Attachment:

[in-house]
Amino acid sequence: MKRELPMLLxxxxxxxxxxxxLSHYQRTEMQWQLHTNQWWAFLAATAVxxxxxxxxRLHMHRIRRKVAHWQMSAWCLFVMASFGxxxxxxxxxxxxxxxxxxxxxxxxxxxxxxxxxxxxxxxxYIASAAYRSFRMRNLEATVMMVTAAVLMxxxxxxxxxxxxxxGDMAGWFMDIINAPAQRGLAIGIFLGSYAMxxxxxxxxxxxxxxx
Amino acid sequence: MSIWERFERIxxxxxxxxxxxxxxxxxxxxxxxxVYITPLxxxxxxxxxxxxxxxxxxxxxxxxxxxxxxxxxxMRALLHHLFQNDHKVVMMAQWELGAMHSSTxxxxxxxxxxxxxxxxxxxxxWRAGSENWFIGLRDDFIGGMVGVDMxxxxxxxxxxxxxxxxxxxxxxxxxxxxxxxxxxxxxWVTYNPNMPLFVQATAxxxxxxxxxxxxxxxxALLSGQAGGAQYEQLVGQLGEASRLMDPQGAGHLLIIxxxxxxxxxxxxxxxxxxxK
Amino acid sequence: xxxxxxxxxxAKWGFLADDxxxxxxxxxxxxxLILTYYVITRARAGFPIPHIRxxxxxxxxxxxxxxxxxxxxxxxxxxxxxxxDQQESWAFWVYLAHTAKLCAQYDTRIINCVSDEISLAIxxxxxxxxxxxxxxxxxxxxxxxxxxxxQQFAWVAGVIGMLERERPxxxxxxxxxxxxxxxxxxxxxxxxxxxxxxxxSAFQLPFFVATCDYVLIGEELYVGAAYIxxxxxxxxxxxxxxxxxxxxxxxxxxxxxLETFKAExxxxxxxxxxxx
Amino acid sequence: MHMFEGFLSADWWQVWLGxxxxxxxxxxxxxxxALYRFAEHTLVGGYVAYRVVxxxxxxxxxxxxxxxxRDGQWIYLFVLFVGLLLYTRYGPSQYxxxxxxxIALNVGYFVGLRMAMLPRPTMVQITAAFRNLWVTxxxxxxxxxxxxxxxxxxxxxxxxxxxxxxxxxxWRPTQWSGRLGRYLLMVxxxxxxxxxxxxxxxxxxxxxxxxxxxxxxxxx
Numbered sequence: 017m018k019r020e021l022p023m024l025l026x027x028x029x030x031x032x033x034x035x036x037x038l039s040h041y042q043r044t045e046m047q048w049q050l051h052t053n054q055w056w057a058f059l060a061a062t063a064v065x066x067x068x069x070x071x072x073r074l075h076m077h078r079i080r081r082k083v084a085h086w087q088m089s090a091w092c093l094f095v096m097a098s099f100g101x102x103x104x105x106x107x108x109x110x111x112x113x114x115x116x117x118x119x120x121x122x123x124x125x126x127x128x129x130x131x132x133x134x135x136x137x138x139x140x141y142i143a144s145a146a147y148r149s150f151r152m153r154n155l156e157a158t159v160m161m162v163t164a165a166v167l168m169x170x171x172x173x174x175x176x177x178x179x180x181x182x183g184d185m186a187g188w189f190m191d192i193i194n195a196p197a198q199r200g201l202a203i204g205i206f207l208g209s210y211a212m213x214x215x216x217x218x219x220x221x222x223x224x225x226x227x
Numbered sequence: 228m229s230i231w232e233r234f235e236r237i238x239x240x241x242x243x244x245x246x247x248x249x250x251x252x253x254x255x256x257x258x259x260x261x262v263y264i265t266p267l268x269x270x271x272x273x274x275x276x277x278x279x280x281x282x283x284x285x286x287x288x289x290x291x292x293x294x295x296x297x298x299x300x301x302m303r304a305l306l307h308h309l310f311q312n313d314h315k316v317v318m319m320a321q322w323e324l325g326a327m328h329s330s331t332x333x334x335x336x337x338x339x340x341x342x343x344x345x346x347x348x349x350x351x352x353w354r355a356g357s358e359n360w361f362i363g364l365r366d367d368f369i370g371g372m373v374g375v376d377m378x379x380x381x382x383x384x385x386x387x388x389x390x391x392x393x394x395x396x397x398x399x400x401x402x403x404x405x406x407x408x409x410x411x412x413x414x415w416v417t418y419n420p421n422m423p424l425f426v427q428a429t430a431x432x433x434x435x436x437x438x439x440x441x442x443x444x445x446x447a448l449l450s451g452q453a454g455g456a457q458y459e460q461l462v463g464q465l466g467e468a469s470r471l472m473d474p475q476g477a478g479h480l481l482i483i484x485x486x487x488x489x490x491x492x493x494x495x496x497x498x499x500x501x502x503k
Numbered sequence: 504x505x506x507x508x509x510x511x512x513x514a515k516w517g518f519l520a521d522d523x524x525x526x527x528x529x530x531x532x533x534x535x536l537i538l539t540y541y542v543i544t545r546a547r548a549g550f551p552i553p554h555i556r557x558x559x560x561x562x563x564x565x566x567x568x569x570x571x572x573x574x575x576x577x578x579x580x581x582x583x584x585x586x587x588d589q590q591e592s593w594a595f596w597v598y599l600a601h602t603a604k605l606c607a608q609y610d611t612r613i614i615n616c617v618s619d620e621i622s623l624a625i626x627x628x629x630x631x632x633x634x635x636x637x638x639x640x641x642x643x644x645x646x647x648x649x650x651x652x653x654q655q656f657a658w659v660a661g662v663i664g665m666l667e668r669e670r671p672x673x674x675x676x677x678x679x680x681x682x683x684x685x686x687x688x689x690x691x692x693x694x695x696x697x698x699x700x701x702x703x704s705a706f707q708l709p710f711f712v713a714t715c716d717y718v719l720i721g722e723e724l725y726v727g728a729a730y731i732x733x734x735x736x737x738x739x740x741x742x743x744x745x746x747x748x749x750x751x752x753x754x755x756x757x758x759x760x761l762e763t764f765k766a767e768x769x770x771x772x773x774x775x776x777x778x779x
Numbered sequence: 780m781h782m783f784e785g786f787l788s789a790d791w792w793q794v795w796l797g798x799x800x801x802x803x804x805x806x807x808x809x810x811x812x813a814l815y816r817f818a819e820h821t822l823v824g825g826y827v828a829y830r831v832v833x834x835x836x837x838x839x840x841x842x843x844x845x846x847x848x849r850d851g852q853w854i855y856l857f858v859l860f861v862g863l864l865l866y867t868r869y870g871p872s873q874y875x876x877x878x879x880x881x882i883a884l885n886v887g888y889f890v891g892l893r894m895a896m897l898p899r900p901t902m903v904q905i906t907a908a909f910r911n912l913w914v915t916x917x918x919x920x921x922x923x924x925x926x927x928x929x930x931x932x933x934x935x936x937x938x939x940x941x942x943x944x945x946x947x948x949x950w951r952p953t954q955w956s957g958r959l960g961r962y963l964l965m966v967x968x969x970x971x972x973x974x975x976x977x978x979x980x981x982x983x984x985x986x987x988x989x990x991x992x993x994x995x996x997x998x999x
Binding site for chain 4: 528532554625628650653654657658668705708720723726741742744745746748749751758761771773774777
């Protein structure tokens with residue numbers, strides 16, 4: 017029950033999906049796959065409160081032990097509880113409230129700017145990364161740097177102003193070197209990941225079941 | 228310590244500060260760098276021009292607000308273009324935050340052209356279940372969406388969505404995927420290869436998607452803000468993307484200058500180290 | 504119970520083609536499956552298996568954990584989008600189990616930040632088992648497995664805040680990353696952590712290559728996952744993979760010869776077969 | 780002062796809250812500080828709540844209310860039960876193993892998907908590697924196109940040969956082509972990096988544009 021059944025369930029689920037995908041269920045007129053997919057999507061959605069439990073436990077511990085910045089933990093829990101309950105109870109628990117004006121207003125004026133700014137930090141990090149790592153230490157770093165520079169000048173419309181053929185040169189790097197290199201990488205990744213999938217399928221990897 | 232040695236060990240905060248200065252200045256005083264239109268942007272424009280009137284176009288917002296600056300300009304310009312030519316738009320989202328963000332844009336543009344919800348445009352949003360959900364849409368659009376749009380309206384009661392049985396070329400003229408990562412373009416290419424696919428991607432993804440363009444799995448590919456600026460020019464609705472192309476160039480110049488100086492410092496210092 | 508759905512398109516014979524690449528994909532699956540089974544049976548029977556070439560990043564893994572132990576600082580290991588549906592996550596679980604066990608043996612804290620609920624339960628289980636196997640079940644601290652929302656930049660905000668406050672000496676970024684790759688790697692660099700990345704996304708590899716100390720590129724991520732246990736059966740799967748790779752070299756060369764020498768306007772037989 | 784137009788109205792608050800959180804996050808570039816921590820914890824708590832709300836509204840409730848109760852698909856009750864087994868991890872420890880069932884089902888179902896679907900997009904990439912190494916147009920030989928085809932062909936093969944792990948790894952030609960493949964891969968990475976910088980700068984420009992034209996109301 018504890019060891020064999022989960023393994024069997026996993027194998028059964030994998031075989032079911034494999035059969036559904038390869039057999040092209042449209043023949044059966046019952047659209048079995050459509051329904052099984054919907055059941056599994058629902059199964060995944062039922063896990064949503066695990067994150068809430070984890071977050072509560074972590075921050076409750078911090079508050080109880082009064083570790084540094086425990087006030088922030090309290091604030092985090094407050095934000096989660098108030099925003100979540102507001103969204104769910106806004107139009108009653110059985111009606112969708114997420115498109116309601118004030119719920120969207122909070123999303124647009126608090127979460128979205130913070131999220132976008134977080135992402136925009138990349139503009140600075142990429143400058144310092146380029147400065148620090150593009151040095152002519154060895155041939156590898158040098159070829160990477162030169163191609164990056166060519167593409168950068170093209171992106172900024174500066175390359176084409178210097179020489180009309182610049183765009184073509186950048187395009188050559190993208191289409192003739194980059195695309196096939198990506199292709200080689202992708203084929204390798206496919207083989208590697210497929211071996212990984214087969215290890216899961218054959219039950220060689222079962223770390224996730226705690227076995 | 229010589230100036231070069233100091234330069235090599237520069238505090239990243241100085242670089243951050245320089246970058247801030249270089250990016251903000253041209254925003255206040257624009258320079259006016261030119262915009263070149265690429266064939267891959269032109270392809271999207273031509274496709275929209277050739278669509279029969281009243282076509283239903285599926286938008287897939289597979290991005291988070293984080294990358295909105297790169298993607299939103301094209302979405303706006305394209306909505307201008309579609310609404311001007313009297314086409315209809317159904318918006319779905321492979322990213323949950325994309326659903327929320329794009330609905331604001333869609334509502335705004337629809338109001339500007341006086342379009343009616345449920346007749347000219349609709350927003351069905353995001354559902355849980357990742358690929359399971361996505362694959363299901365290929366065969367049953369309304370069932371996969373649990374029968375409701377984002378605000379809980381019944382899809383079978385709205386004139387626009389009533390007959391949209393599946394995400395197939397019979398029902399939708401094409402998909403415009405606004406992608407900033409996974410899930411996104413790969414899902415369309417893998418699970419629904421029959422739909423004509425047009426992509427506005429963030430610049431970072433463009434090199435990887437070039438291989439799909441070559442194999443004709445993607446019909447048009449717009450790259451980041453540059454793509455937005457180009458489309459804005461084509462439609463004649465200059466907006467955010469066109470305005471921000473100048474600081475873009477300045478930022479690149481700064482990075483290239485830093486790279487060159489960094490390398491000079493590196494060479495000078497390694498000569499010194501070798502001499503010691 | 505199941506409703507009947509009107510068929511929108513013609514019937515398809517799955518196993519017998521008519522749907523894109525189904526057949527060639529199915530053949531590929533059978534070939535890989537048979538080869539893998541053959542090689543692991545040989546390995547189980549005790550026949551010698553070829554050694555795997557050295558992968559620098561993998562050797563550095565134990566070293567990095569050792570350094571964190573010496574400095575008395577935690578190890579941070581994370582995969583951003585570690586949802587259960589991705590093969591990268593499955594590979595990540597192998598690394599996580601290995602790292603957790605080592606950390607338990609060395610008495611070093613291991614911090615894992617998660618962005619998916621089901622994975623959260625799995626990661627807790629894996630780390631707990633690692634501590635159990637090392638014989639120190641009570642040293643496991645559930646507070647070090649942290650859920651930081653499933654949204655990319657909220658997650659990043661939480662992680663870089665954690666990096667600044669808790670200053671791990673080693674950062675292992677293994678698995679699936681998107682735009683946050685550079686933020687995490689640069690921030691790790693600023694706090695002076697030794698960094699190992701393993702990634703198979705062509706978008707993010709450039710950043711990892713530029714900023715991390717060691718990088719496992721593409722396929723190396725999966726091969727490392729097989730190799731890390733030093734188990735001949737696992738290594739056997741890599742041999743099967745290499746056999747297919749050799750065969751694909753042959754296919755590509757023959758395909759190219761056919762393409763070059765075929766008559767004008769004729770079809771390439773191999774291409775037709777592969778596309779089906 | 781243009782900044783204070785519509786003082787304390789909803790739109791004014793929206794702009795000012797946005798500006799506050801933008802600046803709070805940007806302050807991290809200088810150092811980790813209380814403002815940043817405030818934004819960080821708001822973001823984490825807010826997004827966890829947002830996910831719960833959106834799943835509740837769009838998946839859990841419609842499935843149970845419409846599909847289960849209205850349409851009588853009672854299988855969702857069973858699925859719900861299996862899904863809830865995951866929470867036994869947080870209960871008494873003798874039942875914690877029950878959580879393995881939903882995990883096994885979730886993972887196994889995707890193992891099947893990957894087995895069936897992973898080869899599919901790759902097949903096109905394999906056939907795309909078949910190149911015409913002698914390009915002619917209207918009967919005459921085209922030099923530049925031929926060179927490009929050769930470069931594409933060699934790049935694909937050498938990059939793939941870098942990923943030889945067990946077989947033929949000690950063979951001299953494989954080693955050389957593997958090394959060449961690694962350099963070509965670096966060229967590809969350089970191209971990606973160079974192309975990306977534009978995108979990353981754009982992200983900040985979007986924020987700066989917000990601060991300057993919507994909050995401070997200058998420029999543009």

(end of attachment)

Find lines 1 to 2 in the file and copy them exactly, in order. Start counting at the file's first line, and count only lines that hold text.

[in-house]
Amino acid sequence: MKRELPMLLxxxxxxxxxxxxLSHYQRTEMQWQLHTNQWWAFLAATAVxxxxxxxxRLHMHRIRRKVAHWQMSAWCLFVMASFGxxxxxxxxxxxxxxxxxxxxxxxxxxxxxxxxxxxxxxxxYIASAAYRSFRMRNLEATVMMVTAAVLMxxxxxxxxxxxxxxGDMAGWFMDIINAPAQRGLAIGIFLGSYAMxxxxxxxxxxxxxxx